Kelly Chiaradonna, Josh’s colleague and Interior Designer at Wilson Butler Architects drew inspiration for the look of the shell from local materials. She chose southern heart pine in both lighter and darker stains for the veneer of the shell.

The forestage reflector ceiling was designed to match the over stage orchestra shell ceiling’s design, so it appears to be a single, seamless ceiling. The forestage reflector is suspended from a motorized hoist, which allows the users to adjust the angle of the forestage ceiling reflector.

Stiling said the shell towers work well since theatre staff can move them around more easily, breaking them down in under an hour.

“It was very fluid working with this team because everyone knows where their strengths are, and we knew what to expect from each other,” Stiling said. “This was a very collaborative design.”


Bringing It All Together with the Right Rigging

A shell of this size would normally take hours to set up and strike, but Wenger’s engineers made it so three people can place the entire shell into performance position within 45 minutes and strike in just 20 minutes.

J.R. Clancy automated rigging controls can place the shell in performance position within 45 minutes – and strike in only 20.

As the theatre equipment designer on the project, Michael Nishball, Principal at Theatre Projects, took the lead and recommended J.R. Clancy automated rigging and controls. They installed the following:

On stage:

  • Three PowerAssist® Hoists, which have a 2,000 lb capacity per hoist
  • A custom high-speed counterweight assist hoist on the house curtain and custom controls to maneuver it. The hoist can move up to 360 feet per minute, to quickly open or close the curtain.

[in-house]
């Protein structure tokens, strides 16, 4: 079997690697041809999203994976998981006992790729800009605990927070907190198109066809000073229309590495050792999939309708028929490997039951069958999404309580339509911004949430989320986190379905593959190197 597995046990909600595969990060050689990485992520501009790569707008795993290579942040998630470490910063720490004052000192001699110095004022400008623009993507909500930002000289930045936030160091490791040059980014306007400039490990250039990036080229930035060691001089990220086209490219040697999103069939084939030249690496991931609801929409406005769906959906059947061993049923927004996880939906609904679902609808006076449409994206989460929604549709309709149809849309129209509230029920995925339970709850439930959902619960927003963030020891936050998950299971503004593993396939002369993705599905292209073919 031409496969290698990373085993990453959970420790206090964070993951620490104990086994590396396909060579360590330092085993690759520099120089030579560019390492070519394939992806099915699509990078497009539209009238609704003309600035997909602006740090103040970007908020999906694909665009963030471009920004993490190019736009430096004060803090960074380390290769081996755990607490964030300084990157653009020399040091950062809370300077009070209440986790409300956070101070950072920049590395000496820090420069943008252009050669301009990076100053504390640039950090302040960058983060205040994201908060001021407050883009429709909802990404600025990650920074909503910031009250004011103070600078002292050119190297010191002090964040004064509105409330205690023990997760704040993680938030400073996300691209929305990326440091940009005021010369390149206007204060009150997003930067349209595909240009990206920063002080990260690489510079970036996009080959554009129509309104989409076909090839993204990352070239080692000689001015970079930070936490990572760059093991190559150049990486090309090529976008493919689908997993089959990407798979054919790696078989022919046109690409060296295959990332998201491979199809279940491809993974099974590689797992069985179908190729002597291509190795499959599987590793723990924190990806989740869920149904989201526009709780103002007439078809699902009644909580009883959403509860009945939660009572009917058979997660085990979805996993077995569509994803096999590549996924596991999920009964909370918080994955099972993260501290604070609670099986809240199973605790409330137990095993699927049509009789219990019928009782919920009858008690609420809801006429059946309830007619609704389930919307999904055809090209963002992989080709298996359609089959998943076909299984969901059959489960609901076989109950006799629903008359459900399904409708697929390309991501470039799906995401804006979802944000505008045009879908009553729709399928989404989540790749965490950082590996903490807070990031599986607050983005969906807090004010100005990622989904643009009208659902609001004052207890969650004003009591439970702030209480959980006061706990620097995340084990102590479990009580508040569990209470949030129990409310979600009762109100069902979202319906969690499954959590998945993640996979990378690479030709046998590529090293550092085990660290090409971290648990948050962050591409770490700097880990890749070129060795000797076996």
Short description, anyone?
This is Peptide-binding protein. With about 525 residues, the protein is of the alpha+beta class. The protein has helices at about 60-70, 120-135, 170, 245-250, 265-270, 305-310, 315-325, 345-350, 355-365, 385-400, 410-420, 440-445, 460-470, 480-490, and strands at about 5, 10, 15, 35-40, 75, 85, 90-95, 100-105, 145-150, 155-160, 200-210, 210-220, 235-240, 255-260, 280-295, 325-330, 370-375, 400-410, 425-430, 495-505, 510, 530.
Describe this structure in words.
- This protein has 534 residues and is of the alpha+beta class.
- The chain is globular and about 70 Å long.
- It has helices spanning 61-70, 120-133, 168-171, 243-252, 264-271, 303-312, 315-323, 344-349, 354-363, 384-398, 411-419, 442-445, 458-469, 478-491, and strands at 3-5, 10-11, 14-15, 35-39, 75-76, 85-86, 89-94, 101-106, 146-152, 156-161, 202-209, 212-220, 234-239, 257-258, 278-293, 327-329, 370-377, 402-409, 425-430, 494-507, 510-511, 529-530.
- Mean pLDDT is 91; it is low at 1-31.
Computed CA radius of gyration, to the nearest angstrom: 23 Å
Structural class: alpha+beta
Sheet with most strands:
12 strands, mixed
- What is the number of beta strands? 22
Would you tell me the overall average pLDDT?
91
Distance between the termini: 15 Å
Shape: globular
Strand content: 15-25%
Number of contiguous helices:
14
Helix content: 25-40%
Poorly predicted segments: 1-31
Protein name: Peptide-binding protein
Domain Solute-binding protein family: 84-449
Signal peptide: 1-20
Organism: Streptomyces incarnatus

• A 60-foot wide by 38-foot tall steel-framed fire curtain, weighing nearly 10,000 lb. To move it, the team installed a custom traction drive hoist with a lattice track and arbor.

Front of house:

  • A custom portal header drum hoist and a double purchase system to support the frame, which weighed almost 10,000 lb.
  • A custom drum hoist for the forestage reflector, allowing the user to change the angle of the reflector panel to achieve the desired acoustic results.
  • A custom drum hoist for the forestage speaker arrays to control the synchronous raising and lowering of the left and right arrays.

“We worked with the design team, including the architect, theatre consultant, acoustician and Auburn staff to ensure we delivered what they needed while providing multiple options,” said Ryan Cole, Project Manager at Wenger Corporation.

“Wenger | J.R. Clancy has been a leader in equipment development and ISO quality control, as well as safety, training, inspection and maintenance,” Nishball said. “We have worked with them on many projects and enjoy collaborating with them.”

The Gogue Center opened in 2019 and has been turning heads ever since.

The Gogue Performing Arts Center opened its doors in August 2019 and has been turning heads ever since.

“The community reaction… it makes me feel good,” said Taylor Dyleski, Director of Production at the Gogue Center. “This was a lot of hard work for my team to get this building up and going in a short amount of time, and to watch someone come in and just be shocked. And everything we’ve put on stage people have loved – and it’s been across the board. It’s a new gem. It really adds to this community.”

To learn more about the Gogue Performing Arts Center, read PART ONE – Building a New Gem at Auburn University.